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Hey Adventist Online Theologians! Hope everyone is doing great. I'm here to test your Biblical Knowledge to the test. So who are the 24 elders in Revelation 4?

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Okay James. On an earlier post you mentioned the prophet Ezekiel but you seem to have a problem with Ellen White who is also a prophet, i'm confused.

Gabriel our friend James has in no uncertain way told us that he does not think EGW is a prophet. He says he does not believe in many of the SDA doctrines. To tell the truth I can not understand why he even is here posting as none of us has any time for his charismatic doctrines.  

In 2 Cor 12:2 we read about a third heaven. Paul, was telling about a person who went to the third heaven.

So the first heaven is a heaven and the second heaven is a heaven and the third heaven is a heaven.

If Jesus says that no one went to heaven, he meant the third heaven from where he came.

So, all other who went to heaven, went to the second heaven. That is where the other worlds are.. Do you remenber in the book of Job, that there was a meeting on one of the other, lets call it planet, thatHe asked Satan whether he saw Job?

the Bible speaks of but three heavens, and among the Jews in the apostolic ages also the heavens were divided into three:

(1) The aerial, including the clouds and the atmosphere, the heavens above us, until we come to the stars.

(2) The starry heavens, the heavens in which the sun, moon, and stars appear to be situated.

(3) The heavens beyond the stars. That heaven was supposed to be the residence of God, of angels, and of holy spirits. It was this upper heaven, the dwelling-place of God, to which Paul was taken, and whose wonders he was permitted to behold - this region where God dwelt; where Christ was seated at the right hand of the Father...(Barnes)

And no man hath ascended into heaven,.... Though Enoch and Elias had, yet not by their own power, nor in the sense our Lord designs; whose meaning is, that no man had, or could go up to heaven, to bring from thence the knowledge of divine and heavenly things; in which sense the phrase is used in De 30:12, and which may be illustrated by Joh 1:18; wherefore inasmuch as Nicodemus had acknowledged Christ to he a teacher come from God, our Lord, would have him know, that he was the only teacher of heavenly things, as being the only person that had been in heaven, and in the bosom of the Father; and therefore, if he, and the rest of the Jews, did not receive instructions from him, they must for ever remain ignorant; for there never had been, nor was, nor could be, any mere man that could go up to heaven, and learn the mysteries of God, and of the kingdom of heaven, and return and instruct men in them: (Gill)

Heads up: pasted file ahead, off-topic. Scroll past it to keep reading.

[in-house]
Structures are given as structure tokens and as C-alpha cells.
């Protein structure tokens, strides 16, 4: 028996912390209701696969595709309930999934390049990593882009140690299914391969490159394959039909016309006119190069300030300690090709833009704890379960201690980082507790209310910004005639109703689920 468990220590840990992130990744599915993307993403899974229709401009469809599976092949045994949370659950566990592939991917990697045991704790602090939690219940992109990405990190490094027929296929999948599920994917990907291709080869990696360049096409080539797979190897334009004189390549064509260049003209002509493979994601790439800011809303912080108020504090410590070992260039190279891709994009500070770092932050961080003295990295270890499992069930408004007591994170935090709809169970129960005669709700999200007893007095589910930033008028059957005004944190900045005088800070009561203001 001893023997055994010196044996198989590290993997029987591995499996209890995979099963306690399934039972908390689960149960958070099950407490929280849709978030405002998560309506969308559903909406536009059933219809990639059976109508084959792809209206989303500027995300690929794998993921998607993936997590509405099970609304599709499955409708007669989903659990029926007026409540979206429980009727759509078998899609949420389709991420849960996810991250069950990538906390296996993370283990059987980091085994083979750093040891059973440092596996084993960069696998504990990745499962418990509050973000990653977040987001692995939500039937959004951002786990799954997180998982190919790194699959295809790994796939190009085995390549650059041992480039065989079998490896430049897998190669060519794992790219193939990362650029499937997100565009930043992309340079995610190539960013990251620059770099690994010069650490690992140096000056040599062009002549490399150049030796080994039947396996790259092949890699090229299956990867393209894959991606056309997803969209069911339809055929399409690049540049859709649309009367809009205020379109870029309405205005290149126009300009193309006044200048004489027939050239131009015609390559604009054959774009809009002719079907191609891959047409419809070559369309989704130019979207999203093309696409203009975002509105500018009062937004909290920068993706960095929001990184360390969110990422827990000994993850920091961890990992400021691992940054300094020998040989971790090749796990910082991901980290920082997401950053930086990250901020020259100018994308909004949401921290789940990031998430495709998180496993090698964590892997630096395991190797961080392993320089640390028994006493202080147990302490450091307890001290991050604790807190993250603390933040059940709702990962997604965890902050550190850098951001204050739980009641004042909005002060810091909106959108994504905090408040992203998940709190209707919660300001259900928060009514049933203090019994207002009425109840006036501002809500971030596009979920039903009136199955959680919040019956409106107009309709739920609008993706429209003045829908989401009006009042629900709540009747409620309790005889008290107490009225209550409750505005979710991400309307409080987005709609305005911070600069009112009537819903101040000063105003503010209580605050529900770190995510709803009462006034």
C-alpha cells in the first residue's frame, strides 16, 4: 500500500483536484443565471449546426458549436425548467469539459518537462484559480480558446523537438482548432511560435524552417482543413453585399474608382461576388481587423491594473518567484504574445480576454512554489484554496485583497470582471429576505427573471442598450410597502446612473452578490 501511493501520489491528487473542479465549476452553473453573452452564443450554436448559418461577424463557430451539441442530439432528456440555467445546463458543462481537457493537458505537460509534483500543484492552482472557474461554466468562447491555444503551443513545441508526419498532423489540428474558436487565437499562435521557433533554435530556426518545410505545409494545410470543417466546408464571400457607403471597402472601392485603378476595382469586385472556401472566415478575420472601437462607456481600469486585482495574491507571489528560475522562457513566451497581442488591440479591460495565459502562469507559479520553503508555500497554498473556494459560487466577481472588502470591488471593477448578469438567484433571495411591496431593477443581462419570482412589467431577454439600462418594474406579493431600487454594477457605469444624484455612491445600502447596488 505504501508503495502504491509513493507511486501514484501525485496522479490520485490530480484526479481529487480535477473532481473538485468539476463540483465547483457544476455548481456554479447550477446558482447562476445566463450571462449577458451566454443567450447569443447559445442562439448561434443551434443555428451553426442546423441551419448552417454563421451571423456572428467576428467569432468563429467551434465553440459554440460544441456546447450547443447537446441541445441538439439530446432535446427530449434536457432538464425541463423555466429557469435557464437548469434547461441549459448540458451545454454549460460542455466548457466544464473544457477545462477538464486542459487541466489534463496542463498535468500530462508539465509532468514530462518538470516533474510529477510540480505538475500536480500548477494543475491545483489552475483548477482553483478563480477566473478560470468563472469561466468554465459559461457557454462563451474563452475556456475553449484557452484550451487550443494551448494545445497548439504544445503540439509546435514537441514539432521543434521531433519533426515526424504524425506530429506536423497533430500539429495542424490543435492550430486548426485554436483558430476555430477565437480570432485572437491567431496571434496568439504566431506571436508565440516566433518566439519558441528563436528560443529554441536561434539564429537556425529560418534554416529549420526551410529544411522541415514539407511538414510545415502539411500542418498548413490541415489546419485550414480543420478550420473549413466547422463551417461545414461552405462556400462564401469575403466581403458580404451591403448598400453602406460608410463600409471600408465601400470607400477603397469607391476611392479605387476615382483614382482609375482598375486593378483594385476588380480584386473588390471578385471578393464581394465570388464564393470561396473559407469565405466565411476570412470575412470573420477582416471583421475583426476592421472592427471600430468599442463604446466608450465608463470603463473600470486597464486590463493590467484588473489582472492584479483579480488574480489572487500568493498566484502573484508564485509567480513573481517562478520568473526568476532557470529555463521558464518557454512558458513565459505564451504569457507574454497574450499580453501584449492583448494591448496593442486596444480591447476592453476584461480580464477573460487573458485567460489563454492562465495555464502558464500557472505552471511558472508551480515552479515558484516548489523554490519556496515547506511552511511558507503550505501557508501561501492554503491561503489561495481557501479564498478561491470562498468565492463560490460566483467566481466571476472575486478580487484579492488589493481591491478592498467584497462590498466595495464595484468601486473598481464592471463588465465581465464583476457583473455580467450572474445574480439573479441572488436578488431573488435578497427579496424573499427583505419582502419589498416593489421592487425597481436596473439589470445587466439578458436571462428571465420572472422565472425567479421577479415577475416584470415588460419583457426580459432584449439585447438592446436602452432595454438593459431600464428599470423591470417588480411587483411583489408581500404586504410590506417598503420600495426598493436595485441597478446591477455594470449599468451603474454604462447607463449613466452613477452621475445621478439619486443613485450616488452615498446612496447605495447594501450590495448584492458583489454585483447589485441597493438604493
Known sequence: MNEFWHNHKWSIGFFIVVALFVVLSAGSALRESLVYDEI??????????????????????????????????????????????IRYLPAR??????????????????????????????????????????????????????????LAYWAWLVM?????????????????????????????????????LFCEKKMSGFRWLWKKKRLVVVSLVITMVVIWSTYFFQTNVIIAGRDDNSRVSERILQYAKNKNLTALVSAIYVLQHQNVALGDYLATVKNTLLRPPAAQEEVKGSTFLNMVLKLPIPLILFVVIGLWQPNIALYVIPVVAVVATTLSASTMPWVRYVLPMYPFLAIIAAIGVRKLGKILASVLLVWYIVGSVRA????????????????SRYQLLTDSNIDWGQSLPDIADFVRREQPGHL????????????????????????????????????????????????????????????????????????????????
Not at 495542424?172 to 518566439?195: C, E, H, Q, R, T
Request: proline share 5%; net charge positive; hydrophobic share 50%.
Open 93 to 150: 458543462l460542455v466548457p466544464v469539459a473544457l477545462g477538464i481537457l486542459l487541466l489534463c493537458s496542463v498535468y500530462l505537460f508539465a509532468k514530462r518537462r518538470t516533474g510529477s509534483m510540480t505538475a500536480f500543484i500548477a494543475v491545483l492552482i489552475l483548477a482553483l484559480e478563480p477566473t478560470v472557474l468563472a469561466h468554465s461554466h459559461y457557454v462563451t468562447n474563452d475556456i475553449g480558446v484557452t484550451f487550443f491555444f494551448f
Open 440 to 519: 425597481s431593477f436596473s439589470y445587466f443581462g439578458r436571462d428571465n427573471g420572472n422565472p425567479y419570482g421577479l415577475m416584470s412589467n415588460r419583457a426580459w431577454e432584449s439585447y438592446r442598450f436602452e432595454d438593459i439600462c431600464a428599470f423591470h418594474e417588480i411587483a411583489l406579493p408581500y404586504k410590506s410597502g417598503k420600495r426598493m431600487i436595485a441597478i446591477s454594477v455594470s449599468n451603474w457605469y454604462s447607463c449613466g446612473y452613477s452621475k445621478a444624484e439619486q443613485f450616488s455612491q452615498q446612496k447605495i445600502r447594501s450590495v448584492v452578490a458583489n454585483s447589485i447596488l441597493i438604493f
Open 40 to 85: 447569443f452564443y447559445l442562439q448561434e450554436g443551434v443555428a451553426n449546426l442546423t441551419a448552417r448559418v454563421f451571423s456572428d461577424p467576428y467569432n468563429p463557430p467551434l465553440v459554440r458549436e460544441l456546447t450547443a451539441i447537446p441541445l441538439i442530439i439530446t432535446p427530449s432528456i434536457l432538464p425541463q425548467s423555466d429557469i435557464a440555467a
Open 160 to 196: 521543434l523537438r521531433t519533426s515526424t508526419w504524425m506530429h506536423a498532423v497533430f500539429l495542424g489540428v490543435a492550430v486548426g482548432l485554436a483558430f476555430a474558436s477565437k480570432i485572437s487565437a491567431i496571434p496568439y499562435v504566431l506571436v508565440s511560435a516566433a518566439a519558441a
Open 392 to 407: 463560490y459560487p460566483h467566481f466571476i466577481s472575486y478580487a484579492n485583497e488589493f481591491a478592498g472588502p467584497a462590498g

This is what the commentaries say about the two text alluded to

 

The commentary has this to say about Moses:

The disciples, awaking, behold the flood of glory that illuminates the mount. In fear and amazement they gaze upon the radiant form of their Master. As they become able to endure the wondrous light, they see that Jesus is not alone. Beside Him are two heavenly beings, in close converse with Him. They are Moses, who upon Sinai had talked with God; and Elijah, to whom the high privilege was given—granted to but one other of the sons of Adam—never to come under the power of death. {DA 421.2}
Upon Mount Pisgah fifteen centuries before, Moses had stood gazing upon the Land of Promise. But because of his sin at Meribah, it was not for him to enter there. Not for him was the joy of leading the host of Israel into the inheritance of their fathers. His agonized entreaty, “I pray Thee, let me go over, and see the good land that is beyond Jordan, that goodly mountain, and Lebanon” (Deuteronomy 3:25), was refused. The hope that for forty years had lighted up the darkness of the desert wanderings must be denied. A wilderness grave was the goal of those years of toil and heart-burdening care. But He who is “able to do exceeding abundantly above all that we ask or think” (Ephesians 3:20), had in this measure answered His servant’s prayer. Moses passed under the dominion of death, but he was not to remain in the tomb. Christ Himself called him forth to life. Satan the tempter had claimed the body of Moses because of his sin; but Christ the Saviour brought him forth from the grave. Jude 9. {DA 421.3}
Moses upon the mount of transfiguration was a witness to Christ’s victory over sin and death. He represented those who shall come forth from the grave at the resurrection of the just. Elijah, who had been translated to heaven without seeing death, represented those who will be living upon the earth at Christ’s second coming, and who will be “changed, in a moment, in the twinkling of an eye, at the last trump;” when “this mortal must put on immortality,” and “this corruptible must put on incorruption.” 1 Corinthians 15:51-53. Jesus was clothed with the light of heaven, as He will appear when He shall come “the second time without sin unto salvation.” For He will come “in the glory of His Father with the holy angels.” Hebrews 9:28; Mark 8:38. The Saviour’s promise to the disciples was now fulfilled. Upon the mount the future kingdom of glory was represented in miniature,—Christ the King, Moses a representative of the risen saints, and Elijah of the translated ones. {DA 421.4}

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